Explaining the impact of blogs directly by the increase in voter turnout or the high interest in the election, might overstate the impact of blogs on the election outcome. Still, the netroots might have helped fuel the resentment against the Bush administration and therefore acted as an intervening variable to the high voter turnout.
The case of Lamont vs. Lieberman and the role of the liberal blogosphere during the 2006 election clearly points out the complexity of the topic that we are dealing with. Though few bloggers, communication experts, and even political commentators claim that blogs or the netroots did not have an impact on the 2006 election, there is no obvious conclusion about what degree of impact blogs did have on this race. We need to have in mind that the war in Iraq most likely would have become a major issue in the campaign even without the blogosphere’s effort to make it so. There are other medium in which people channelled their arguments in regards to this issue. Attempting to locate other aspects where blogs may have influenced the campaign, the paper will therefore look further at more general opinions dealing with the question of what impact blogs had on the 2006 election.
5.1.3 Statements and opinions
In a series of blog entries published not long after the election, focusing on how technology and the Internet is changing democracy in America, Personal Democracy Forum asked a distinguished group of technologists, politicians, bloggers and journalists to respond to the following questions: “Was the role of technology in politics different in 2006 than in 2004? How did new technology most affect Election 2006, and do you see any lessons for 2008?” (Personal Democracy Forum 8 November 2006). In regards to what impact blogs had on the election, some of the respondents argue that blog communities helped shape the overall discussion among candidates during the campaign. This corresponds both to what was said in regards to the Lamont vs. Lieberman race and what has been found in previous studies on the subject.
Previous Internet advisor to the Howard Dean campaign, Dave Weinberger, points to the fact that while it was groundbreaking for candidates to have blogs in 2004, it was in 2006 seen as a normal thing (in Personal Democracy Forum 8 November 2006). This might indicate the growing influence blogs have on the political arena in general. Todd Zeigler argues, however, that the candidates’ use of blogs during the election could overall be rated as ‘poor’, and that politicians have yet to realize the medium’s full potential (in Personal Democracy Forum 8 November 2006).
“The real sea change will occur when the candidates themselves realize that the web is about building a community of supporters, having a conversation with them and giving them the tools they need to advocate on your behalf. Some realized that in 2006. Many more will in 2008 and beyond” (Zeigler in Personal Democracy Forum 8 November 2006).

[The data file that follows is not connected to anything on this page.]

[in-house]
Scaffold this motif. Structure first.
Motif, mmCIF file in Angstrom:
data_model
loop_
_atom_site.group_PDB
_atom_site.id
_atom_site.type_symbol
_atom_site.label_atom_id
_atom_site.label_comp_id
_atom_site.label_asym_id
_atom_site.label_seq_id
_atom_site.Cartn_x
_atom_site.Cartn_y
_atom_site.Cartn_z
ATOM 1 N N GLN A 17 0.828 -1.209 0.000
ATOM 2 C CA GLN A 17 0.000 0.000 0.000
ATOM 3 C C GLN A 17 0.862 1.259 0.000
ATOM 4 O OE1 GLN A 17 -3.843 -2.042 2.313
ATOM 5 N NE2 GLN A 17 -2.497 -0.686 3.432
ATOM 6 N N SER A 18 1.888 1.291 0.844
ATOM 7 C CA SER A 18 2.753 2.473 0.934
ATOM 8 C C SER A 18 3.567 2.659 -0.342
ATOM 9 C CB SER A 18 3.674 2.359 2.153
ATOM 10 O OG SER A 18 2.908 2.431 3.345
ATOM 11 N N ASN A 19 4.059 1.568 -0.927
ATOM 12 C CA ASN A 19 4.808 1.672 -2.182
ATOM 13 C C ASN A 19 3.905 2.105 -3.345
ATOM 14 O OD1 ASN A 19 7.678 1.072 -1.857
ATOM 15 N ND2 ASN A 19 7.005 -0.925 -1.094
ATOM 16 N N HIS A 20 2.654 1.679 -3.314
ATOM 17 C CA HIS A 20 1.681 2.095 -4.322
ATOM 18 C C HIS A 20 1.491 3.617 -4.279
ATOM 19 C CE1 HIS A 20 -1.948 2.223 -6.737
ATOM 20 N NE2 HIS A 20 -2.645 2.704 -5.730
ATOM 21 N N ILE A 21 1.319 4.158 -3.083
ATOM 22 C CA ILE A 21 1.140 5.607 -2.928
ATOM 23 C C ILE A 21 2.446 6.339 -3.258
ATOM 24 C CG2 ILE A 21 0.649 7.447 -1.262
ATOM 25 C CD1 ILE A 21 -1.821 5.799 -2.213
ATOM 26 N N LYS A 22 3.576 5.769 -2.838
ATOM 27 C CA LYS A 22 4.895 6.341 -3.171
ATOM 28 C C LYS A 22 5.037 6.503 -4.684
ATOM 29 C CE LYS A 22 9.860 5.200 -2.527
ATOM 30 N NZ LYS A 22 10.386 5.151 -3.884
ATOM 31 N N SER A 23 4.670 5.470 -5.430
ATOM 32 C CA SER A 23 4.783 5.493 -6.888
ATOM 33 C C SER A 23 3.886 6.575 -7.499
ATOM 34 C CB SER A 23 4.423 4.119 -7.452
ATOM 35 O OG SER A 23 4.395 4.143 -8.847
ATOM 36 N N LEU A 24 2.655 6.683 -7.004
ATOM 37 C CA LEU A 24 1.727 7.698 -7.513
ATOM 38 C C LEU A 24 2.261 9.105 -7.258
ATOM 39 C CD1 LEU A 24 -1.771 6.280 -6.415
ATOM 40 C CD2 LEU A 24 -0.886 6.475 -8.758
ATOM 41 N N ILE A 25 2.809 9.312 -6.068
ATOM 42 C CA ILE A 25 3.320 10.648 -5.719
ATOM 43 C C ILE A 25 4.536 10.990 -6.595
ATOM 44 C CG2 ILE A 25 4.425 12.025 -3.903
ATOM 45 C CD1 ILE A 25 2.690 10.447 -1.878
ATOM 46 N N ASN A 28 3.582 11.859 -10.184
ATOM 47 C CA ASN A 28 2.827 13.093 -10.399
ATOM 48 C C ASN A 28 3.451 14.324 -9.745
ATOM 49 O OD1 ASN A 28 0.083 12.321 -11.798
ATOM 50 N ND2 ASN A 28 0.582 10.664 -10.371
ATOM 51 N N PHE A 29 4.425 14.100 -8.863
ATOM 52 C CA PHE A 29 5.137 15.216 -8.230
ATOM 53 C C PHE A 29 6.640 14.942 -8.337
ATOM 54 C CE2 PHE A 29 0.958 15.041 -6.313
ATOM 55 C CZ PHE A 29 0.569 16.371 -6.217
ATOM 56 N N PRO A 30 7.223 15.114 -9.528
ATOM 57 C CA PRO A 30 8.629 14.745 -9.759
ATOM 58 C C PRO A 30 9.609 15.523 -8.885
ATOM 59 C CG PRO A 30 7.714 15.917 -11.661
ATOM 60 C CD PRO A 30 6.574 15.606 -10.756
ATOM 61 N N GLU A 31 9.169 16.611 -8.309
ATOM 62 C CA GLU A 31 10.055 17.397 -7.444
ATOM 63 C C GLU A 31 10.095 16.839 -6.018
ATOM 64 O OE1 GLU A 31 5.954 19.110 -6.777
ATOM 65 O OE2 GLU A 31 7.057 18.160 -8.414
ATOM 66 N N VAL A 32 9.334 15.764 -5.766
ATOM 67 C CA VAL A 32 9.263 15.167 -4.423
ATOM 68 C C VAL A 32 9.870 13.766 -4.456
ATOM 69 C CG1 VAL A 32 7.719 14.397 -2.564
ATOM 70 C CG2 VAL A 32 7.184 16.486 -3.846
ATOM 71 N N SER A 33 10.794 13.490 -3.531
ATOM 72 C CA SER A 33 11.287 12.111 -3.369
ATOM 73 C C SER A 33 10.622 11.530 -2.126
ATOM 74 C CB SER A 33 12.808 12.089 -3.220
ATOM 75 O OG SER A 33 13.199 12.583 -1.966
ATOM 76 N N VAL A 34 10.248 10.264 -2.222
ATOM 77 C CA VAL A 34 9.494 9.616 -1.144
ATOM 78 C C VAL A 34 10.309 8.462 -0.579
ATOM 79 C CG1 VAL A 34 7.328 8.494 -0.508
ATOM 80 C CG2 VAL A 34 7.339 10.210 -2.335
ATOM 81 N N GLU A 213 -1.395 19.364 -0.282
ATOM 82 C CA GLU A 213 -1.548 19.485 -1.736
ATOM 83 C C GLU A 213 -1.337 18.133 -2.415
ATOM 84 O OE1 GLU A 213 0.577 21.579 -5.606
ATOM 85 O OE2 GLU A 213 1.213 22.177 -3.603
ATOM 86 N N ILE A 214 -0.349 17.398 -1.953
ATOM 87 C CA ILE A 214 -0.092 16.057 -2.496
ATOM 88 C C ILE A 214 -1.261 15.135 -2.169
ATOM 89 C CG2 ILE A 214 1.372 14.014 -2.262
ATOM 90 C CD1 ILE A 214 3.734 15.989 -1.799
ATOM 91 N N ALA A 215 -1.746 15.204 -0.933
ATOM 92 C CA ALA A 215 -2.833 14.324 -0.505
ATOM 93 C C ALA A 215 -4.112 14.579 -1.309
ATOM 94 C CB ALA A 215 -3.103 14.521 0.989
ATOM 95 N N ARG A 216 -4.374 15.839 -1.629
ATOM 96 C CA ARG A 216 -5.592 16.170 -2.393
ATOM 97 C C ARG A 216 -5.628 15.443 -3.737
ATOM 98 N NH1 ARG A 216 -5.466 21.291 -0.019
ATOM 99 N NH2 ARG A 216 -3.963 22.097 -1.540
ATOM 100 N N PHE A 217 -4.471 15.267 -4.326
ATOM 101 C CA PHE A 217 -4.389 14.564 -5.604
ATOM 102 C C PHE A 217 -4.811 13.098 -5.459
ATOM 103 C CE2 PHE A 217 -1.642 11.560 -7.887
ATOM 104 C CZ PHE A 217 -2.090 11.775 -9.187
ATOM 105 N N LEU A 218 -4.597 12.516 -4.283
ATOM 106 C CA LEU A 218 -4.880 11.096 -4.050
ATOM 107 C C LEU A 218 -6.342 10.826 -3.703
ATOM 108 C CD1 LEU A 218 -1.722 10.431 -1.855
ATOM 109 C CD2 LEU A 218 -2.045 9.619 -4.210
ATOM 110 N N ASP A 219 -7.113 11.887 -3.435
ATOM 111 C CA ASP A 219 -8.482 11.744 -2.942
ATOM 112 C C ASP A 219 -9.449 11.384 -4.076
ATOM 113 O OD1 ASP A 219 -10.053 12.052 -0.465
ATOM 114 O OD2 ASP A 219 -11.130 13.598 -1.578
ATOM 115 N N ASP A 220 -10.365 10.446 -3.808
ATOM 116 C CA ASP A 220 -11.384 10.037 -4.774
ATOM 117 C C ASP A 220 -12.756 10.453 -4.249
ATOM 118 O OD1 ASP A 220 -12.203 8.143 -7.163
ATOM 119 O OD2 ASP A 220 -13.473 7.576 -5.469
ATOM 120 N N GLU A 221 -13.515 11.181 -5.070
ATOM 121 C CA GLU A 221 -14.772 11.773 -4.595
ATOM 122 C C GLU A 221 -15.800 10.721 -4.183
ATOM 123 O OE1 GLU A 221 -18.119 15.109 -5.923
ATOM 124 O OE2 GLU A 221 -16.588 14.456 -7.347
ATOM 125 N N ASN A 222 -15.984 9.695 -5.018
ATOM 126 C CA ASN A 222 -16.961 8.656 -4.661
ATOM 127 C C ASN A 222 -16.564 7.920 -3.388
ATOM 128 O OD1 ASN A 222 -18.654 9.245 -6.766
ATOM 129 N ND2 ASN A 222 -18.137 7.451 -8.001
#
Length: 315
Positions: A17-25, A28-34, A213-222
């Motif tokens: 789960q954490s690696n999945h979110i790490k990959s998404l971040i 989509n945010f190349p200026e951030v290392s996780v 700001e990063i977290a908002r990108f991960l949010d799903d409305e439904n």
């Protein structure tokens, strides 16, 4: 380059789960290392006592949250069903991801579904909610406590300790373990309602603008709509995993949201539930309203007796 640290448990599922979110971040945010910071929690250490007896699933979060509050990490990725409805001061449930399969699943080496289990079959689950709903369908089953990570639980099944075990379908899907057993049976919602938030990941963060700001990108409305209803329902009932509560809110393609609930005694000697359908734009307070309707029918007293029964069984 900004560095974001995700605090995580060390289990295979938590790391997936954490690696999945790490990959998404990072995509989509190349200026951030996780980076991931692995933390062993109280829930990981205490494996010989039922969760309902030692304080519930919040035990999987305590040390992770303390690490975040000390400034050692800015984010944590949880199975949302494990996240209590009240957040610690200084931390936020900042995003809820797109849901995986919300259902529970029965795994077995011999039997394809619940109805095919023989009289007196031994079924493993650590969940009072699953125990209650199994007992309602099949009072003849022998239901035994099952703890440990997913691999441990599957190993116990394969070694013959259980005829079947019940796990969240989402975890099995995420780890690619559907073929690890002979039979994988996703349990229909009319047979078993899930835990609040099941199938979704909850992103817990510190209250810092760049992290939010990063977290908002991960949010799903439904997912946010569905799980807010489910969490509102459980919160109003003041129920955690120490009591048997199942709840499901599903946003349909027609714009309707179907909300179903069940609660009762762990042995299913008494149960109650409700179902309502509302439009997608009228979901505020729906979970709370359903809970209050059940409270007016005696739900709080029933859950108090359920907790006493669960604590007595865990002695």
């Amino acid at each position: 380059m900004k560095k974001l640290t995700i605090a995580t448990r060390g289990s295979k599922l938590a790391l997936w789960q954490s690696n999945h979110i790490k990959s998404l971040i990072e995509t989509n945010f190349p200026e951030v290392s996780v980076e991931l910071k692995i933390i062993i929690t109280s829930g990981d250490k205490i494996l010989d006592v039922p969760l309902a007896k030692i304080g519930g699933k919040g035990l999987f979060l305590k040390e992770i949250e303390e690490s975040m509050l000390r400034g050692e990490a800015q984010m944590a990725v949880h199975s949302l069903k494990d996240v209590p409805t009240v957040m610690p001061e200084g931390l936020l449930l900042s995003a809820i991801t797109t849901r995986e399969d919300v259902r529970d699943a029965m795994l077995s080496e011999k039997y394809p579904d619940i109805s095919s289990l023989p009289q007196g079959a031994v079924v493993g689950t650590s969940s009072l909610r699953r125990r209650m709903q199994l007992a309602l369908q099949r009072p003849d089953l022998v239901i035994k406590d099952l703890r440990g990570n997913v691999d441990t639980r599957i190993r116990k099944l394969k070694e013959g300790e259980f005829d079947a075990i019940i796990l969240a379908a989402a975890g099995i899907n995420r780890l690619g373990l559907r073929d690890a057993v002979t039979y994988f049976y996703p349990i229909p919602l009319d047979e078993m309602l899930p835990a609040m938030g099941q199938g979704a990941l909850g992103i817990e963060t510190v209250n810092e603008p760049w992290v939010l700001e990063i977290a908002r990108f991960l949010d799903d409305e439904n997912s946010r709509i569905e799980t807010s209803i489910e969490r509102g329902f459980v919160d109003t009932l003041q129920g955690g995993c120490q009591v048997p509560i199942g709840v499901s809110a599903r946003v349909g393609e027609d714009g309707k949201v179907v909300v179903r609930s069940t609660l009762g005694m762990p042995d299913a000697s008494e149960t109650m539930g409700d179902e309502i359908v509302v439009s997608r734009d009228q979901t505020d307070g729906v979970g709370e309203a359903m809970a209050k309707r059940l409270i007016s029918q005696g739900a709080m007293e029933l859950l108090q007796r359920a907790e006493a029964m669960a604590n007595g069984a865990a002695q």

Danah Boyd, social media researcher with Yahoo, on the other hand, argues that other than creating an echo chamber, “discussing the ins and outs of the different candidates and issues”, bloggers had little, if any, impact on the election (in Personal Democracy Forum 8 November 2006). Boyd believes that the only thing blogs demonstrated during the election was that they can discuss the less newsworthy news and only in a few incidents turn this news into “properly newsworthy news” (in Personal Democracy Forum 8 November 2006). She doubts this had any impact on the election other than creating some scandals.
When asked by PBS mid September 2006: “What effect, if any, will blogs have on the mid-term elections?”, Arianna Huffington, founder of the popular news blog The Huffington Post, replied:
“They’re already having an effect – bloggers played a large role in Ned Lamont’s primary victory over Joe Lieberman, building buzz, shifting the conventional wisdom, and doing some great research and reporting. Bloggers were also a key element in George Allen’s “Macaca” comment being spread far and wide, which has led to challenger Jim Webb now running neck and neck with him. And we also see that Hilary has hired a blog adviser. There’s no more mainstream than Hilary Clinton, so the fact that she’s done this is indicative of the influence blogs now have” (Huffington in PBS 15 September 2006).
In response to the same question, Andrew Sullivan, founder of the popular commentator blog, The Daily Fish , replied: “Not that much, I think. We can help frame the debate, but we’re not ground-operators, nor, in my mind, should we be” (in PBS 15 September 2006).
Colin Delany of e.politics supports what many before him has recognised: that blogs do influence elections because they have the capability of influencing the influencers, or as he puts it: “it’s the wider firestorm of attention through the mainstream media, particularly television, radio and newspapers, that shifts the course of campaigns, but blogs and online video can provide the initial spark of information” (Delany 2006b). This was indeed the lesson from the 2006 election, Delaney (2006b) argues. Jon Henke (2006) of The QndO blog correspondingly argues that one of the greatest lessons from the 2006 election is that blogs were an effective component of what he refers to as the Triangle – A term coined by Peter Daou, Hilary Clinton’s current blog advisor, stating that: “without the participation of the media and the political establishment, the netroots (blogs) alone cannot generate the critical mass necessary to alter or create conventional wisdom” (Daou 2005) – Daou’s definition of influence.